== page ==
He then tried to contact the Illinois Department of Natural Resources (DNR) only to learn that the local office had been closed due to flooding. He next contacted the local Oglisby police via 911.
“They were sort of laughing at me for calling 911, but I’ve been laughed at before,” Patterson says.
He then spoke to the state police, who proved to be aware of the fallen nest.
“They go, ‘That came down four days ago,’” Patterson says.
He was finally able to speak to DNR.
“They go, ‘We’ve been monitoring the nest and checking on them,’” Patterson recalls. “I said, ‘Well, there’s two of them on the ground. I was just there.’ They say, ‘If we catch you out there, we’re going to write you a summons. Leave them alone.’”
And that seemed to be that.
“I realized that conversation is done,’” he remembers. “So, I didn’t mention then that I had them in the garage. They were going to write me up if I even went out there.”
Patterson did not imagine that he was doing anything but what was right in every sense.
“I hadn’t even given a thought that I was breaking the law,” Patterson says. “I’ve been around these birds so much.”
The eaglets were still paramount in his mind and he called the Flint Creek Wildlife Rehabilitation Center in the suburbs of Chicago. The center had rehabilitated eaglets before and had recently released one back into the wild with apparent success. The center had seemingly proven wrong people who contend that rescued eaglets can only survive in captivity.
Flint Creek volunteers arrived and found the female of the rescued pair lying on the garage floor, dehydrated and malnourished from the four days on the ground after the nest collapsed. Her broken wing had begun to calcify at the break, but the center had to feed and hydrate her for two days before she was well enough for surgery. The wing was reset with a pin that was later removed.
The rescued male was in better condition and his fractured wing began to heal without surgery. The third eaglet was never found despite a search by the Flint Creek volunteers and the landowner.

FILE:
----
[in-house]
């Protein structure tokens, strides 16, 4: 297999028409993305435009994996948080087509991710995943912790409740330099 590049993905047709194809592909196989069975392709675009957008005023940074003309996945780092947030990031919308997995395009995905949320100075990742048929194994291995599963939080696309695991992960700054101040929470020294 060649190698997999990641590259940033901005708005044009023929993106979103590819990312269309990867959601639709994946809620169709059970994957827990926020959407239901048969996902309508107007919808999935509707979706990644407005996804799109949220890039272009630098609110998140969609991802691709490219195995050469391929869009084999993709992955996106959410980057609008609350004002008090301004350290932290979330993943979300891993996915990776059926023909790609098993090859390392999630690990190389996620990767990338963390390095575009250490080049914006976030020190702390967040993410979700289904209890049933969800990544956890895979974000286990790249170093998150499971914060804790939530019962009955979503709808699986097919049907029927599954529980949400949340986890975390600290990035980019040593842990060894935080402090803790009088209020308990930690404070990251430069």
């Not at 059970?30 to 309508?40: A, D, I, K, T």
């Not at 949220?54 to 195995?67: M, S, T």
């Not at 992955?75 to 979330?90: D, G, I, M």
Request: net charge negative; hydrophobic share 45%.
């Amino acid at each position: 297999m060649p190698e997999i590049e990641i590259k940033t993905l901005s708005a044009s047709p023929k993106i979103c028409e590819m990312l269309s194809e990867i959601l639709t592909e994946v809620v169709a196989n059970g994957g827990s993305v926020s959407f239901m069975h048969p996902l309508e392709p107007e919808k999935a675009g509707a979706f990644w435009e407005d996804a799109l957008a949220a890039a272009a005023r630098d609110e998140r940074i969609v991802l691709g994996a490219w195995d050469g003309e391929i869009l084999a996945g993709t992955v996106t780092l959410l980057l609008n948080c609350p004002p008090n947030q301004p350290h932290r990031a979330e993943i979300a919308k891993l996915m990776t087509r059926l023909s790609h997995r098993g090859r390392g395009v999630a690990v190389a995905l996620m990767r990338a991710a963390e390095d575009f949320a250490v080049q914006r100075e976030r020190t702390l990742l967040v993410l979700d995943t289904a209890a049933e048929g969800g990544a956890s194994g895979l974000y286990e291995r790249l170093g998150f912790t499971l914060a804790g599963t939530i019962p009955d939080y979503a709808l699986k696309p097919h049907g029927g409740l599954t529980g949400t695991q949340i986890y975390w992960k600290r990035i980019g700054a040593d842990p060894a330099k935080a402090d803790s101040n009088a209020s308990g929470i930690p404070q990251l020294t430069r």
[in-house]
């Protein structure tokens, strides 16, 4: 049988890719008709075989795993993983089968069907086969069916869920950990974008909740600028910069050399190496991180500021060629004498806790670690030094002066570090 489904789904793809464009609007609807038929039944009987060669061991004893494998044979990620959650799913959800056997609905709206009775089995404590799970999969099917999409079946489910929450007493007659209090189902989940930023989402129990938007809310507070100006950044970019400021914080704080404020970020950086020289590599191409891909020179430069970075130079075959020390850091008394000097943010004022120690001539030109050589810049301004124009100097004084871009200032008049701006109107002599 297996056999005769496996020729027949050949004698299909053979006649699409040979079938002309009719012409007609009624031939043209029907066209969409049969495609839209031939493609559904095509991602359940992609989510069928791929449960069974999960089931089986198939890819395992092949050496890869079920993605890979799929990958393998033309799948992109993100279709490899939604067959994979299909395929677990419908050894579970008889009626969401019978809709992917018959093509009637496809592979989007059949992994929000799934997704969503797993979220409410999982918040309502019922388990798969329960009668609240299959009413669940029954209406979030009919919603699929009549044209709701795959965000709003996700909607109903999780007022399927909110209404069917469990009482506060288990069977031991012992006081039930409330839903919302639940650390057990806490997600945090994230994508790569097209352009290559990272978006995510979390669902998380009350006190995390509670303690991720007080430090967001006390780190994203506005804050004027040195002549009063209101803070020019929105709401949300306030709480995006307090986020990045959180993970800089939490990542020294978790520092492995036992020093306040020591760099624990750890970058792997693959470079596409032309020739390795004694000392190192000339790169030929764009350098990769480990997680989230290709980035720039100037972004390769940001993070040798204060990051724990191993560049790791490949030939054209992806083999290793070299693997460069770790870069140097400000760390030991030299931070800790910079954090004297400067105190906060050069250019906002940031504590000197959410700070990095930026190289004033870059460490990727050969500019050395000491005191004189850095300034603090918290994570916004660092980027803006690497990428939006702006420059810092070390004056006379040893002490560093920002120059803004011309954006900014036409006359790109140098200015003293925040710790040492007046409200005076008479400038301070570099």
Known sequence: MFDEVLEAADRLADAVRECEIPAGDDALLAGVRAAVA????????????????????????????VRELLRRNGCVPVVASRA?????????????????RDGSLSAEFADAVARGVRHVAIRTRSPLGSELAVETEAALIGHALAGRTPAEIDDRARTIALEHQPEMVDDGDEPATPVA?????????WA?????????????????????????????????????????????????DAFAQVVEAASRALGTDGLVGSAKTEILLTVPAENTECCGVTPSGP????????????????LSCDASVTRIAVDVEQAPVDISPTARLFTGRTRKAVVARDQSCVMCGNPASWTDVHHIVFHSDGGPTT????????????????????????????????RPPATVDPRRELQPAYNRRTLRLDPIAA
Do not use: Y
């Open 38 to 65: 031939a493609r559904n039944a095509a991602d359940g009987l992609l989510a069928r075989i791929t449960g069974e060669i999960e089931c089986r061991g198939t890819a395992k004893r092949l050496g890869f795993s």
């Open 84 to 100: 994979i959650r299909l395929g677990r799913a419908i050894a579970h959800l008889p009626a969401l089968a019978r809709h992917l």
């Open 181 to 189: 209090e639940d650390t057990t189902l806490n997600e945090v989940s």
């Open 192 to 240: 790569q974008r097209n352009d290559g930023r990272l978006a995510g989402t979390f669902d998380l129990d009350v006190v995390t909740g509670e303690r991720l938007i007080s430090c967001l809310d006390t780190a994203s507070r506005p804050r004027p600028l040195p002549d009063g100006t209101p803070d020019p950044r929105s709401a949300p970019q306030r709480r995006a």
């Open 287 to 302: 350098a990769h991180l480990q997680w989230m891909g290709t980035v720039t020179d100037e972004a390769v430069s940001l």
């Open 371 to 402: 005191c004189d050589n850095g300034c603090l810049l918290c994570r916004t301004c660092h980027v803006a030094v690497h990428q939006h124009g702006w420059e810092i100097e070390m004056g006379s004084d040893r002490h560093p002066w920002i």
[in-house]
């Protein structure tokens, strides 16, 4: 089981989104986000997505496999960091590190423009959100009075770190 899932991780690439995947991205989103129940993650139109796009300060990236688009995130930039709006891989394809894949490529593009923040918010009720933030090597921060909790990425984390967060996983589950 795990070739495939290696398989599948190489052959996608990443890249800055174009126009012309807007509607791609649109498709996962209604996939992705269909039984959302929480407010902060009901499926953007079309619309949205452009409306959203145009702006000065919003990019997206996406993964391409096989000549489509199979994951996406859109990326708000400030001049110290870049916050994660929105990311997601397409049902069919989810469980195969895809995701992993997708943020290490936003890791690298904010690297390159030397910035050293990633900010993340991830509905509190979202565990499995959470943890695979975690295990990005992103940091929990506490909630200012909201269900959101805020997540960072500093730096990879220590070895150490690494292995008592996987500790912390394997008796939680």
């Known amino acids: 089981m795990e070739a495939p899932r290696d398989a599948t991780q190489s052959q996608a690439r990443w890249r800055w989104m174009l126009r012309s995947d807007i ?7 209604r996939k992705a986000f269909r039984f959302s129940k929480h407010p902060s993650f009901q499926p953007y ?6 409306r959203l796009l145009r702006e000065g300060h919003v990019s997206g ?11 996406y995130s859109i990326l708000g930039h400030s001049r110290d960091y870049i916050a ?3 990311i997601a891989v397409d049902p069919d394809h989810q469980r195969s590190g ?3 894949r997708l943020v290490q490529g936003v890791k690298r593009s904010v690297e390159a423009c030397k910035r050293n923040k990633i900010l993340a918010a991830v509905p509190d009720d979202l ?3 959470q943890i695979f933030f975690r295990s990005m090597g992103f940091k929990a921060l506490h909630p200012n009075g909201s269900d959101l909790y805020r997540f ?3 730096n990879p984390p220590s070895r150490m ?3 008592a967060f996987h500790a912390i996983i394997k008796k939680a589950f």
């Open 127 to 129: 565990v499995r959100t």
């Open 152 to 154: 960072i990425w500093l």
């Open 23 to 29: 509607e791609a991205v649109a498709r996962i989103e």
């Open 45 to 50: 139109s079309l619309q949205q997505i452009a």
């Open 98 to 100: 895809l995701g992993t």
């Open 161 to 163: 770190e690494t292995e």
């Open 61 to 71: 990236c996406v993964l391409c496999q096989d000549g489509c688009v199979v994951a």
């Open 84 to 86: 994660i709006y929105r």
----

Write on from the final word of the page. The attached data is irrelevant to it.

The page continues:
Patterson here discerned mathematic proof that the others would have suffered the same fate.
“There’s no probably about it,” Patterson says. “There’s only two left. One of them was gone already.”
Four days later, cops from the town police, the DNR and the U.S. Fish and Wildlife Service appeared at Patterson’s house. He was at a friend’s house and the cops went looking for him there.
“They started interrogating me and I told them the whole story, step by step,” Patterson says. “And didn’t leave anything out.”
The Fish and Wildlife officer told him that it was illegal to possess a protected species or a raptor.
“I go, ‘I couldn’t leave them there to die,’” Patterson recalls. “He said, ‘What we do is just let nature take its course.’”
The cops told Patterson that they had been monitoring the situation and had everything under control. Patterson decided that meant they just left the eaglets at the mercy of whatever danger arose.
“They did nothing,” Patterson says.
With regards to Patterson, the cops ended up issuing him four citations, two per eaglet. He was charged with two counts of possessing a raptor and two counts of possessing a protected species.
He technically faced as much as a year in jail and thousands of dollars in fines. He could have gotten away with a greatly reduced fine and no time behind bears if he had simply entered a guilty plea.
“But it would have been on my record,” Patterson says. “I’m an outdoor wildlife photographer, I don’t need my name slammed. Because I don’t mistreat wildlife. I love it. That’s what I do.”
Patterson decided to fight the charges and retained a lawyer, even though that was sure to cost a great deal more than the fines he could have paid just to walk away.
“The first lawyer wasn’t much of an outdoorsman, so I had to get a lawyer who knew a little bit about wildlife,” Patterson says.
The DNR and the prosecutor spoke of Patterson as if he were an eaglet-napper and reported that he had once been cited for “baiting” owls. He allows that he was ticketed for “harassing wildlife” after some hardcore bird watchers complained that he was interfering with their activities by using mice to draw owls. His sole intent was to take photos.
“I like owls,” he says.
In rescuing the eaglets, Patterson had considerable popular support. An online petition on his behalf collected more than 50,000 signatures.
At the trial, the judge barred Patterson’s lawyer from offering what is known as a “necessity defense,” where a person is left with no choice but to break the law in order to save a life. The jury never got to hear what Patterson’s expert witnesses told the judge.
“They said, ‘He saved these birds,’” Patterson says.
But that truth was implicit enough that it apparently arose during the jury’s deliberations. The result was the deadlock leading to the mistrial.
The new trail is slated for February, which happens to be around the time the eagles will likely be starting another brood. They have a new nest in a tree back on the campus of the community college, whose sports teams happen to be named the Eagles.
By then, the less seriously injured of the two eaglets is expected to be released. The other is still on the mend, but was doing well the last Patterson heard.
“She’s looking real good,” Patterson says.